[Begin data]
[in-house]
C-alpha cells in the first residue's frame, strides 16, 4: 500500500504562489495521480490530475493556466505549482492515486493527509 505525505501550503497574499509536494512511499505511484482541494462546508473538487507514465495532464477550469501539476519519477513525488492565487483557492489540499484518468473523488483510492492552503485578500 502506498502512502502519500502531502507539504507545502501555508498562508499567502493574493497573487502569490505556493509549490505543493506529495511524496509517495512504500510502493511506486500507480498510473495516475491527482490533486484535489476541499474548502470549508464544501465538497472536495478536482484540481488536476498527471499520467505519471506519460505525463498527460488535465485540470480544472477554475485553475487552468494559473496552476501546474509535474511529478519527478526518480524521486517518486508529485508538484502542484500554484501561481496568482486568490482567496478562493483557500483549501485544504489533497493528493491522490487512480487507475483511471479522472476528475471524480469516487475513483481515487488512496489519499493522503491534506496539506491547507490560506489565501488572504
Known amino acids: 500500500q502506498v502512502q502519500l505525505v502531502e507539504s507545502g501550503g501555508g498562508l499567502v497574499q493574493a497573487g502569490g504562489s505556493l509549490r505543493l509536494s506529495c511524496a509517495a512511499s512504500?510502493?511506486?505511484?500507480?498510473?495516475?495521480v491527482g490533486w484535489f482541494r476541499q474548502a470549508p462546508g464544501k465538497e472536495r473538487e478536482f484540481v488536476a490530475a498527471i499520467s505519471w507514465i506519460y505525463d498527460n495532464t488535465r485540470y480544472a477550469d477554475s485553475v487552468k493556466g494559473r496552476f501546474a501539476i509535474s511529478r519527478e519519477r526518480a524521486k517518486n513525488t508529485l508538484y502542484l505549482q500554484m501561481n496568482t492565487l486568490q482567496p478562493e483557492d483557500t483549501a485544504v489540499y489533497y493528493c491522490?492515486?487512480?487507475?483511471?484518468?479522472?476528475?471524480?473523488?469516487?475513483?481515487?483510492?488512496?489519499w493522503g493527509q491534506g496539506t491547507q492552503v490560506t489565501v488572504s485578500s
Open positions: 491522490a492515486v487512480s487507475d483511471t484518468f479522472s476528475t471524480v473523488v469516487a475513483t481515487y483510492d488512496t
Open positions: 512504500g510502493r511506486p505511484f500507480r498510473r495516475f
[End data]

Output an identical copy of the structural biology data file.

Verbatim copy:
[in-house]
C-alpha cells in the first residue's frame, strides 16, 4: 500500500504562489495521480490530475493556466505549482492515486493527509 505525505501550503497574499509536494512511499505511484482541494462546508473538487507514465495532464477550469501539476519519477513525488492565487483557492489540499484518468473523488483510492492552503485578500 502506498502512502502519500502531502507539504507545502501555508498562508499567502493574493497573487502569490505556493509549490505543493506529495511524496509517495512504500510502493511506486500507480498510473495516475491527482490533486484535489476541499474548502470549508464544501465538497472536495478536482484540481488536476498527471499520467505519471506519460505525463498527460488535465485540470480544472477554475485553475487552468494559473496552476501546474509535474511529478519527478526518480524521486517518486508529485508538484502542484500554484501561481496568482486568490482567496478562493483557500483549501485544504489533497493528493491522490487512480487507475483511471479522472476528475471524480469516487475513483481515487488512496489519499493522503491534506496539506491547507490560506489565501488572504
Known amino acids: 500500500q502506498v502512502q502519500l505525505v502531502e507539504s507545502g501550503g501555508g498562508l499567502v497574499q493574493a497573487g502569490g504562489s505556493l509549490r505543493l509536494s506529495c511524496a509517495a512511499s512504500?510502493?511506486?505511484?500507480?498510473?495516475?495521480v491527482g490533486w484535489f482541494r476541499q474548502a470549508p462546508g464544501k465538497e472536495r473538487e478536482f484540481v488536476a490530475a498527471i499520467s505519471w507514465i506519460y505525463d498527460n495532464t488535465r485540470y480544472a477550469d477554475s485553475v487552468k493556466g494559473r496552476f501546474a501539476i509535474s511529478r519527478e519519477r526518480a524521486k517518486n513525488t508529485l508538484y502542484l505549482q500554484m501561481n496568482t492565487l486568490q482567496p478562493e483557492d483557500t483549501a485544504v489540499y489533497y493528493c491522490?492515486?487512480?487507475?483511471?484518468?479522472?476528475?471524480?473523488?469516487?475513483?481515487?483510492?488512496?489519499w493522503g493527509q491534506g496539506t491547507q492552503v490560506t489565501v488572504s485578500s
Open positions: 491522490a492515486v487512480s487507475d483511471t484518468f479522472s476528475t471524480v473523488v469516487a475513483t481515487y483510492d488512496t
Open positions: 512504500g510502493r511506486p505511484f500507480r498510473r495516475f